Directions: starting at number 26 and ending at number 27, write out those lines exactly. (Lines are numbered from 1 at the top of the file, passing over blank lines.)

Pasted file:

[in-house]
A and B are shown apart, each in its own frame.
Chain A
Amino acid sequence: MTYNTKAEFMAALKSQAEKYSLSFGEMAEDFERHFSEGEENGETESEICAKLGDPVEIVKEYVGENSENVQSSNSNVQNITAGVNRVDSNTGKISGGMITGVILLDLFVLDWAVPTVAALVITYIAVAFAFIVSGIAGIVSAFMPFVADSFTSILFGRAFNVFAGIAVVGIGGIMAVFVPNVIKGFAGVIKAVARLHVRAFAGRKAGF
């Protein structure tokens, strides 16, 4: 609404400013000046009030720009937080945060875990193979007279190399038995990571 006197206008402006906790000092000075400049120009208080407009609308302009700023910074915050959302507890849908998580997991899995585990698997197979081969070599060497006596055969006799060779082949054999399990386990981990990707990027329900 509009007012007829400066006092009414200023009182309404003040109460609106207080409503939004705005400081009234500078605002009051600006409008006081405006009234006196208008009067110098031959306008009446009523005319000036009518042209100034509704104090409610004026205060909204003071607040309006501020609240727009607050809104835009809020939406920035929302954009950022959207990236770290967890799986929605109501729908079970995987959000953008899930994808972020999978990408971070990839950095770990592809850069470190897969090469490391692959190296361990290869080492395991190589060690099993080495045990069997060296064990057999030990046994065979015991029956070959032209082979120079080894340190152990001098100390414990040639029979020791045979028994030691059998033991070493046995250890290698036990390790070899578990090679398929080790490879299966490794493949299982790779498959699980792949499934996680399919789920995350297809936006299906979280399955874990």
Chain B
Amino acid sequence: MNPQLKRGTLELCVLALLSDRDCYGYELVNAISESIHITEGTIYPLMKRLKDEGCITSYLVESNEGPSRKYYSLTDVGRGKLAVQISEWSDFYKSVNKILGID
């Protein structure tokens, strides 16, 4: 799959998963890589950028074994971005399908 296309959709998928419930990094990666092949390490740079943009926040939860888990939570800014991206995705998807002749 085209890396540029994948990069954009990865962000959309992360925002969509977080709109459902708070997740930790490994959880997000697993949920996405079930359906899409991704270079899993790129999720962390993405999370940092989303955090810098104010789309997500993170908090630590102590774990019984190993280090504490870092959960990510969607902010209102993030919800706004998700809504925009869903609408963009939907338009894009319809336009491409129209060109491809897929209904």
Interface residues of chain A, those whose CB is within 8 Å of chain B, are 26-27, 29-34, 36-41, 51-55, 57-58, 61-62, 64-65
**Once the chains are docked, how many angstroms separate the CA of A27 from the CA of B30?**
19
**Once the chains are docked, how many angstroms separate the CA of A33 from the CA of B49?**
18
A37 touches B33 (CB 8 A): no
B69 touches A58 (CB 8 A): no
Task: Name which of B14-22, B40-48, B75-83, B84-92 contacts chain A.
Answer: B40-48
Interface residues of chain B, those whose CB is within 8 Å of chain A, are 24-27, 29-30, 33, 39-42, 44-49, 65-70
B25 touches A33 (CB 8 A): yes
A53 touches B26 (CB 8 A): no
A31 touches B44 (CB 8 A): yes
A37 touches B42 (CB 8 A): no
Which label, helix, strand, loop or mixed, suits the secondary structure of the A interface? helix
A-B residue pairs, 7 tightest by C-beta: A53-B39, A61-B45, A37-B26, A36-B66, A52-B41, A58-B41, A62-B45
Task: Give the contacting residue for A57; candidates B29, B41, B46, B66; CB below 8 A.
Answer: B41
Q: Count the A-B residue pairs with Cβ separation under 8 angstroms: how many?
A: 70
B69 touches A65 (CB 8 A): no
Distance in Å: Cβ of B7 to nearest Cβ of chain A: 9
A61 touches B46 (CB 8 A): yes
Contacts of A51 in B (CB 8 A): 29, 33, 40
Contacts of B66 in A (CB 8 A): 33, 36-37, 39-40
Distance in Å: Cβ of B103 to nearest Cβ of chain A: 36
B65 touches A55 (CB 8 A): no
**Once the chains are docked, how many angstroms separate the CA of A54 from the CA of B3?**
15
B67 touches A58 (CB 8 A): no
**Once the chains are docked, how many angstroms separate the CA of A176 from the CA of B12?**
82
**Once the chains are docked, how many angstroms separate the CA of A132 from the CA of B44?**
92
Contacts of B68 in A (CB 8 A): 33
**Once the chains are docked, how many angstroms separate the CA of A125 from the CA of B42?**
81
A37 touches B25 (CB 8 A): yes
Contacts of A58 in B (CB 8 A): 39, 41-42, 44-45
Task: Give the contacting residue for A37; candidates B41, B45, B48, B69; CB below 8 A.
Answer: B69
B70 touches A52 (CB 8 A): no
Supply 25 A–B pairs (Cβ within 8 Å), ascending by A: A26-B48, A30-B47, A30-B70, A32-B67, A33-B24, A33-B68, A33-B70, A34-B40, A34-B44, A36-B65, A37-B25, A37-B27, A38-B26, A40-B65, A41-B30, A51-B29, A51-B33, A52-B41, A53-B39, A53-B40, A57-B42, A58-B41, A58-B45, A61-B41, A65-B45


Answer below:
Answer: B41
Q: Count the A-B residue pairs with Cβ separation under 8 angstroms: how many?